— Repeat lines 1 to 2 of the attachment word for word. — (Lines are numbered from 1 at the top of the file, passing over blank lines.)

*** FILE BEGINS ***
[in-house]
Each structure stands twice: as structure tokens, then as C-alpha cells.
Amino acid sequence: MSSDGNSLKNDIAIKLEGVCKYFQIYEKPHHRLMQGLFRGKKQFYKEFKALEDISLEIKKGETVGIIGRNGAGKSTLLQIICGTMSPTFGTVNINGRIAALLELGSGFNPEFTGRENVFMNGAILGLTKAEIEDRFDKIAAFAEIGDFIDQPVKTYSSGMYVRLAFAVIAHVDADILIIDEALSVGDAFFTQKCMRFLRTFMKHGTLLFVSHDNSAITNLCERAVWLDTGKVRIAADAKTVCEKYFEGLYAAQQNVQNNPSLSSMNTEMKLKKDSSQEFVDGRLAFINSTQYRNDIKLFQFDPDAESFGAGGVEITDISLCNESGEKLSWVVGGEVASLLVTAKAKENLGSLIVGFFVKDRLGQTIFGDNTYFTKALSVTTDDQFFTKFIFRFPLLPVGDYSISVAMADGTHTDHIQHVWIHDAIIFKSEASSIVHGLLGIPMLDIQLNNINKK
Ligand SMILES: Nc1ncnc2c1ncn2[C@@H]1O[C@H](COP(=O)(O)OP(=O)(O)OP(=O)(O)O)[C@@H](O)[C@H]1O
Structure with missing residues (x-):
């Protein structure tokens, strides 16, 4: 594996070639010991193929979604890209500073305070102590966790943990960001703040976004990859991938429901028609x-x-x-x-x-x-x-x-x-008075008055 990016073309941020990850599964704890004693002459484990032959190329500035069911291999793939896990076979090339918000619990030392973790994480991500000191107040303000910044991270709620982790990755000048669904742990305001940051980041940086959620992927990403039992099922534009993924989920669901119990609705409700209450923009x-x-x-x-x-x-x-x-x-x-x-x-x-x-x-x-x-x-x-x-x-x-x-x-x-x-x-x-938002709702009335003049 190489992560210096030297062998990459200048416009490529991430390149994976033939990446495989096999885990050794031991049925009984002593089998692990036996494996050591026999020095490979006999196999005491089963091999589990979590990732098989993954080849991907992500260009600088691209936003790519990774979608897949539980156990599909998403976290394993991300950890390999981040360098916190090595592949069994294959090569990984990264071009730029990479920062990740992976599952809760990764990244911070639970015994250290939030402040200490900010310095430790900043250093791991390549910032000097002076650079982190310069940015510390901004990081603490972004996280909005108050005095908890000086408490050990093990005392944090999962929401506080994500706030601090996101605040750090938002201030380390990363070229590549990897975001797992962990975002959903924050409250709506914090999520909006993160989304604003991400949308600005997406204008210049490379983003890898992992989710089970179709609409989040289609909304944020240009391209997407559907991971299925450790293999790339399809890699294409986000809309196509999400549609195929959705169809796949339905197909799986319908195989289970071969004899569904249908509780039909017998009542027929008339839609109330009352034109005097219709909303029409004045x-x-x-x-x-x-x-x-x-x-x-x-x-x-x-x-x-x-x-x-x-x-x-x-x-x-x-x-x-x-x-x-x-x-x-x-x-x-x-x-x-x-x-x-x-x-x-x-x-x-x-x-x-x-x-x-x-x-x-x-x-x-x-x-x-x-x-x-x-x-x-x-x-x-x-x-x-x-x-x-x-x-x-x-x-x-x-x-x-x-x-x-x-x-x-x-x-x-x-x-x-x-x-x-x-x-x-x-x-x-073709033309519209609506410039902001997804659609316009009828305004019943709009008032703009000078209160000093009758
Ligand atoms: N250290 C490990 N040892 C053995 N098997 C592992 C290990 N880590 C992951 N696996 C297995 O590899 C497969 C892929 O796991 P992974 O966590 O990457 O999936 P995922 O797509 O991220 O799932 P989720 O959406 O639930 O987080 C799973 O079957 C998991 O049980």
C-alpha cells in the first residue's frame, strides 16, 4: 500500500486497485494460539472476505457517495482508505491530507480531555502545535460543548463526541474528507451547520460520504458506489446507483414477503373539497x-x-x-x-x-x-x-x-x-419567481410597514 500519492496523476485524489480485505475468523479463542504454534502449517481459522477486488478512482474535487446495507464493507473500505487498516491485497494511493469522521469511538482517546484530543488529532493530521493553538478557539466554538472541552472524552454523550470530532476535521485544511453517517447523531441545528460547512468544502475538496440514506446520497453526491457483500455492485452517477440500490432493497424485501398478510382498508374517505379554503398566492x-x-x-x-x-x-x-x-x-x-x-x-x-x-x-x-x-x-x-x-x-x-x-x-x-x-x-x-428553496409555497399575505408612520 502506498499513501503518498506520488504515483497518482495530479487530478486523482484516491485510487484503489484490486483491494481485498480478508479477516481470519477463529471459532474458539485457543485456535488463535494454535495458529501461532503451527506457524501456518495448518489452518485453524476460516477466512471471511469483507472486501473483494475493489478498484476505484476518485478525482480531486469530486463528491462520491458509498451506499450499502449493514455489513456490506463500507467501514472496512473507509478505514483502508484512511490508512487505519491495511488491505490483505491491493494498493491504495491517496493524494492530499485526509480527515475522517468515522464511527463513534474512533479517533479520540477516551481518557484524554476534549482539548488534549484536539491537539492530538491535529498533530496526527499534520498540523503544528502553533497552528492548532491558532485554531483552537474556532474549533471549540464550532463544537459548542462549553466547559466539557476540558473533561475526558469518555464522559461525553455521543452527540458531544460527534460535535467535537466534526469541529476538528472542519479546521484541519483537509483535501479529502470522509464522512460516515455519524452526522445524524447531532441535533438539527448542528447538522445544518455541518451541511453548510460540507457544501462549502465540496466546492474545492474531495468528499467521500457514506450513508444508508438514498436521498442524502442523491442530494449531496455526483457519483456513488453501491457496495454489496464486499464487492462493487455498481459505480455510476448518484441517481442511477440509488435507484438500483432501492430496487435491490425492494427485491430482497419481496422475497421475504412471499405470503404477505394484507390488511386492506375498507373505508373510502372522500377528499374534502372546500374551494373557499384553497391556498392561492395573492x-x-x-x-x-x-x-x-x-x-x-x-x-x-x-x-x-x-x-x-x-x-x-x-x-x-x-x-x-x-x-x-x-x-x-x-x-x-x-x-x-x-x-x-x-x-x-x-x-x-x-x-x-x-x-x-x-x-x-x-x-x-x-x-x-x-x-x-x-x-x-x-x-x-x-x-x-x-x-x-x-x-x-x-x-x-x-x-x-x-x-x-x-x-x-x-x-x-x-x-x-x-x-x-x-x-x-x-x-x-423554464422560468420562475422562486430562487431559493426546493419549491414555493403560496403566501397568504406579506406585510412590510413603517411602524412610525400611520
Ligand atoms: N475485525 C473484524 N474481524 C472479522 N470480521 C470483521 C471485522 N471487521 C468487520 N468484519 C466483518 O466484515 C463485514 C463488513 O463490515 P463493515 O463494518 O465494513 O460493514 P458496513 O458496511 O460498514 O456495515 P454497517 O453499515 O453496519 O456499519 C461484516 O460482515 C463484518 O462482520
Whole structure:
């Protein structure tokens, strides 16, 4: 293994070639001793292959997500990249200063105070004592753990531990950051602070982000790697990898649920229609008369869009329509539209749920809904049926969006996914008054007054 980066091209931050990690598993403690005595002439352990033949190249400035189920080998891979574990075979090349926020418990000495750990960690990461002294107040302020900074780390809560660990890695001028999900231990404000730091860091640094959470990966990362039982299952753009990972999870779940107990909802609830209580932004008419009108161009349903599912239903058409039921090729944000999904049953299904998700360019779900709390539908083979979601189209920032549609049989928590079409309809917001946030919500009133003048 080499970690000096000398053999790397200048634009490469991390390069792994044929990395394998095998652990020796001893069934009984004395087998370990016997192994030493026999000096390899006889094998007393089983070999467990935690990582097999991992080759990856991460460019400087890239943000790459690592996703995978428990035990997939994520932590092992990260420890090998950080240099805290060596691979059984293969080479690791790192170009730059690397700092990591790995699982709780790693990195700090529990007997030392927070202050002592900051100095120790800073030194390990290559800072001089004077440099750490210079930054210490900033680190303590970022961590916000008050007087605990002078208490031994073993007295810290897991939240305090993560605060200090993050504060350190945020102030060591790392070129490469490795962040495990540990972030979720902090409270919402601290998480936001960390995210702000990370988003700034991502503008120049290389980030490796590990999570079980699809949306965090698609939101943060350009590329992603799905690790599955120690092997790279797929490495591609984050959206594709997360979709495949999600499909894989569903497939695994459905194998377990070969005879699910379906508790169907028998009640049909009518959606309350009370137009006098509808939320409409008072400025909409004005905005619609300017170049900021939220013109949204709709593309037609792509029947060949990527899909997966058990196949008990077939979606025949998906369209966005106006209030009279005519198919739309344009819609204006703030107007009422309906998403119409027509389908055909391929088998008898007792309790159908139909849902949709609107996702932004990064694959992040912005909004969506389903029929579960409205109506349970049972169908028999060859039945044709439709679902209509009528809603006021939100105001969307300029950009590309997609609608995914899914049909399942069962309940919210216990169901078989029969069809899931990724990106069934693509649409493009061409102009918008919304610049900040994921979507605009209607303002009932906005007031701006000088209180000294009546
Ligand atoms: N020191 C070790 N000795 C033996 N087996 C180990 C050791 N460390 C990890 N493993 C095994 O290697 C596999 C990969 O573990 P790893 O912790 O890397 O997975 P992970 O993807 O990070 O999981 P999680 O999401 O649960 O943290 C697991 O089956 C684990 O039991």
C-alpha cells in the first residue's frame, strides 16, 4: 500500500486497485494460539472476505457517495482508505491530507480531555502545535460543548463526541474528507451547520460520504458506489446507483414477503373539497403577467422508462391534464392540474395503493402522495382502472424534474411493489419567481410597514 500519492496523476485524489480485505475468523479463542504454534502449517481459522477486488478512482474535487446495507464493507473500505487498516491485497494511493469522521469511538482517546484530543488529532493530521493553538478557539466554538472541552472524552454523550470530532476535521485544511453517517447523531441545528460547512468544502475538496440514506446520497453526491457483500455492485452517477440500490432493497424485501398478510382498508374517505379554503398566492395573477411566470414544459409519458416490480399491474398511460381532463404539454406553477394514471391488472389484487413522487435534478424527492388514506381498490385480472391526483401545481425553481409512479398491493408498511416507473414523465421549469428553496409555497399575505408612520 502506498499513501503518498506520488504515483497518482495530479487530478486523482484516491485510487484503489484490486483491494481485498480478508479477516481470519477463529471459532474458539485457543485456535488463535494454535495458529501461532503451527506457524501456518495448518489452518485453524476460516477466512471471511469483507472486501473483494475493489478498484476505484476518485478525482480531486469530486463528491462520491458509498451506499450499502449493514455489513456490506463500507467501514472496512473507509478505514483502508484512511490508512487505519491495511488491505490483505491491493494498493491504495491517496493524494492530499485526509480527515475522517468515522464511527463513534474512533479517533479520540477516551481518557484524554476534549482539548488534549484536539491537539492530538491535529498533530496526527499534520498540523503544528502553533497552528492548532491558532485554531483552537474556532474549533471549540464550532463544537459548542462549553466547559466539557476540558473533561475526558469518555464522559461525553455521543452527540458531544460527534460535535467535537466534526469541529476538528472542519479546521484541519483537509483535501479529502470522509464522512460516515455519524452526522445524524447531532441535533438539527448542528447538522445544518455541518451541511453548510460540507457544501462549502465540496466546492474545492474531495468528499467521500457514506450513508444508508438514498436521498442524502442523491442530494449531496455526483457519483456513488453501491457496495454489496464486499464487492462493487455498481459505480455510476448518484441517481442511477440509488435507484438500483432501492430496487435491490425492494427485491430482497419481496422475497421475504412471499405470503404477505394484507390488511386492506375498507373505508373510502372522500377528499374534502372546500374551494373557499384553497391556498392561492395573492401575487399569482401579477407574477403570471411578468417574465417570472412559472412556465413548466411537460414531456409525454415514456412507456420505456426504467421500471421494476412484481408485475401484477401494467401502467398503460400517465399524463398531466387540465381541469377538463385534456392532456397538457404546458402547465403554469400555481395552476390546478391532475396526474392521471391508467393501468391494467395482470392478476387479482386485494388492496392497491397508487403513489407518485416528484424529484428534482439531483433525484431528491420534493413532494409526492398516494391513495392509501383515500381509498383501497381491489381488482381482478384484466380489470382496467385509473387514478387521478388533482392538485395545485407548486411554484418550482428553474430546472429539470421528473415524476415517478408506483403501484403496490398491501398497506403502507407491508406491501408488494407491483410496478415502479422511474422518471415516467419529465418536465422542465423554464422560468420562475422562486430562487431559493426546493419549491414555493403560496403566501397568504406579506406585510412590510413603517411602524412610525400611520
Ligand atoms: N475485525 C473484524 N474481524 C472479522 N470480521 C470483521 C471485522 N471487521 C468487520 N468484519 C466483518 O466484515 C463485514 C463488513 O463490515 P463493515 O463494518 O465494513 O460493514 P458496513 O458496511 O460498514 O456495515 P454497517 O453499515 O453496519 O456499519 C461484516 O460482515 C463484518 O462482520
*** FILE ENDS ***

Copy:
[in-house]
Each structure stands twice: as structure tokens, then as C-alpha cells.